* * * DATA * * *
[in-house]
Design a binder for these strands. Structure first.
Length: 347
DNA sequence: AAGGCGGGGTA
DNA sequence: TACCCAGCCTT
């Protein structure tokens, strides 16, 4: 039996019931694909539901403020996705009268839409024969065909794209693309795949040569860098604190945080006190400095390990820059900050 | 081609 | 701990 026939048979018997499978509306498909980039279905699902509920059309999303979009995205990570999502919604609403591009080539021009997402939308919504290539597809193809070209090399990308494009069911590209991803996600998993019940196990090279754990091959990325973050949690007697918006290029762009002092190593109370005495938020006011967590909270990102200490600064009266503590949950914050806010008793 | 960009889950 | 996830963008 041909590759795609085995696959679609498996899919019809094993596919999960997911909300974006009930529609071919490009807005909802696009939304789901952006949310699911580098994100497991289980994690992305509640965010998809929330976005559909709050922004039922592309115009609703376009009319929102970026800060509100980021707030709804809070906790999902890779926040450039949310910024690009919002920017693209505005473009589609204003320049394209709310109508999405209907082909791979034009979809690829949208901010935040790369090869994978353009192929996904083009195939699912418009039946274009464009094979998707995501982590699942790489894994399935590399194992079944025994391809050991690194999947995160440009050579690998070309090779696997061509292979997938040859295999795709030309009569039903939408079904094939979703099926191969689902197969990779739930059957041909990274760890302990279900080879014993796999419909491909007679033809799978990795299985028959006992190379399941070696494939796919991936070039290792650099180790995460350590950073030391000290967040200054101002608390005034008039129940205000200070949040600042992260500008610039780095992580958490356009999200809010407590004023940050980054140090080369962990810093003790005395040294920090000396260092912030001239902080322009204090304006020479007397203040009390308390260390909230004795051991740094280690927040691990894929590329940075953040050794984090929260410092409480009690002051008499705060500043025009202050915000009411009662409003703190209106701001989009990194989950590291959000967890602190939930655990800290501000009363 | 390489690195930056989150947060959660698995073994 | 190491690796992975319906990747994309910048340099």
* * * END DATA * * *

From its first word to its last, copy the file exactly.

[in-house]
Design a binder for these strands. Structure first.
Length: 347
DNA sequence: AAGGCGGGGTA
DNA sequence: TACCCAGCCTT
């Protein structure tokens, strides 16, 4: 039996019931694909539901403020996705009268839409024969065909794209693309795949040569860098604190945080006190400095390990820059900050 | 081609 | 701990 026939048979018997499978509306498909980039279905699902509920059309999303979009995205990570999502919604609403591009080539021009997402939308919504290539597809193809070209090399990308494009069911590209991803996600998993019940196990090279754990091959990325973050949690007697918006290029762009002092190593109370005495938020006011967590909270990102200490600064009266503590949950914050806010008793 | 960009889950 | 996830963008 041909590759795609085995696959679609498996899919019809094993596919999960997911909300974006009930529609071919490009807005909802696009939304789901952006949310699911580098994100497991289980994690992305509640965010998809929330976005559909709050922004039922592309115009609703376009009319929102970026800060509100980021707030709804809070906790999902890779926040450039949310910024690009919002920017693209505005473009589609204003320049394209709310109508999405209907082909791979034009979809690829949208901010935040790369090869994978353009192929996904083009195939699912418009039946274009464009094979998707995501982590699942790489894994399935590399194992079944025994391809050991690194999947995160440009050579690998070309090779696997061509292979997938040859295999795709030309009569039903939408079904094939979703099926191969689902197969990779739930059957041909990274760890302990279900080879014993796999419909491909007679033809799978990795299985028959006992190379399941070696494939796919991936070039290792650099180790995460350590950073030391000290967040200054101002608390005034008039129940205000200070949040600042992260500008610039780095992580958490356009999200809010407590004023940050980054140090080369962990810093003790005395040294920090000396260092912030001239902080322009204090304006020479007397203040009390308390260390909230004795051991740094280690927040691990894929590329940075953040050794984090929260410092409480009690002051008499705060500043025009202050915000009411009662409003703190209106701001989009990194989950590291959000967890602190939930655990800290501000009363 | 390489690195930056989150947060959660698995073994 | 190491690796992975319906990747994309910048340099």